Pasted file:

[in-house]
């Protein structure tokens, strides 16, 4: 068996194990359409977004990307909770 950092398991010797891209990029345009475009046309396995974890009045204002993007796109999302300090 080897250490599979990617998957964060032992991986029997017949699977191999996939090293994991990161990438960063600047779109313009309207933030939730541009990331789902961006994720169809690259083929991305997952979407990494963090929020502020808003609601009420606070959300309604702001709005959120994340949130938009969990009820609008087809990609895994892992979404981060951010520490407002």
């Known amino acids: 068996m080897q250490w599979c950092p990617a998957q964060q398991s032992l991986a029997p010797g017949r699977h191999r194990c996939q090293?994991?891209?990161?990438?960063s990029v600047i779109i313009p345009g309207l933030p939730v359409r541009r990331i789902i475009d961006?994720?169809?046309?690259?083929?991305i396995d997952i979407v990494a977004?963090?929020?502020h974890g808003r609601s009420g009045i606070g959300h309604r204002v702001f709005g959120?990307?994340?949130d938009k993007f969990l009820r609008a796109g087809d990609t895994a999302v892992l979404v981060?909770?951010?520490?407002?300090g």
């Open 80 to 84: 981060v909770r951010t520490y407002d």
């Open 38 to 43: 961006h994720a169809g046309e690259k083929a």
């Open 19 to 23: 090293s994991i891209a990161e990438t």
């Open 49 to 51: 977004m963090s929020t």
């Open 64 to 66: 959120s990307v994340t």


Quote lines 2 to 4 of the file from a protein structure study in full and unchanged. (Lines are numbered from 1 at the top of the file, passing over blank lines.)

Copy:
């Protein structure tokens, strides 16, 4: 068996194990359409977004990307909770 950092398991010797891209990029345009475009046309396995974890009045204002993007796109999302300090 080897250490599979990617998957964060032992991986029997017949699977191999996939090293994991990161990438960063600047779109313009309207933030939730541009990331789902961006994720169809690259083929991305997952979407990494963090929020502020808003609601009420606070959300309604702001709005959120994340949130938009969990009820609008087809990609895994892992979404981060951010520490407002």
């Known amino acids: 068996m080897q250490w599979c950092p990617a998957q964060q398991s032992l991986a029997p010797g017949r699977h191999r194990c996939q090293?994991?891209?990161?990438?960063s990029v600047i779109i313009p345009g309207l933030p939730v359409r541009r990331i789902i475009d961006?994720?169809?046309?690259?083929?991305i396995d997952i979407v990494a977004?963090?929020?502020h974890g808003r609601s009420g009045i606070g959300h309604r204002v702001f709005g959120?990307?994340?949130d938009k993007f969990l009820r609008a796109g087809d990609t895994a999302v892992l979404v981060?909770?951010?520490?407002?300090g």
């Open 80 to 84: 981060v909770r951010t520490y407002d």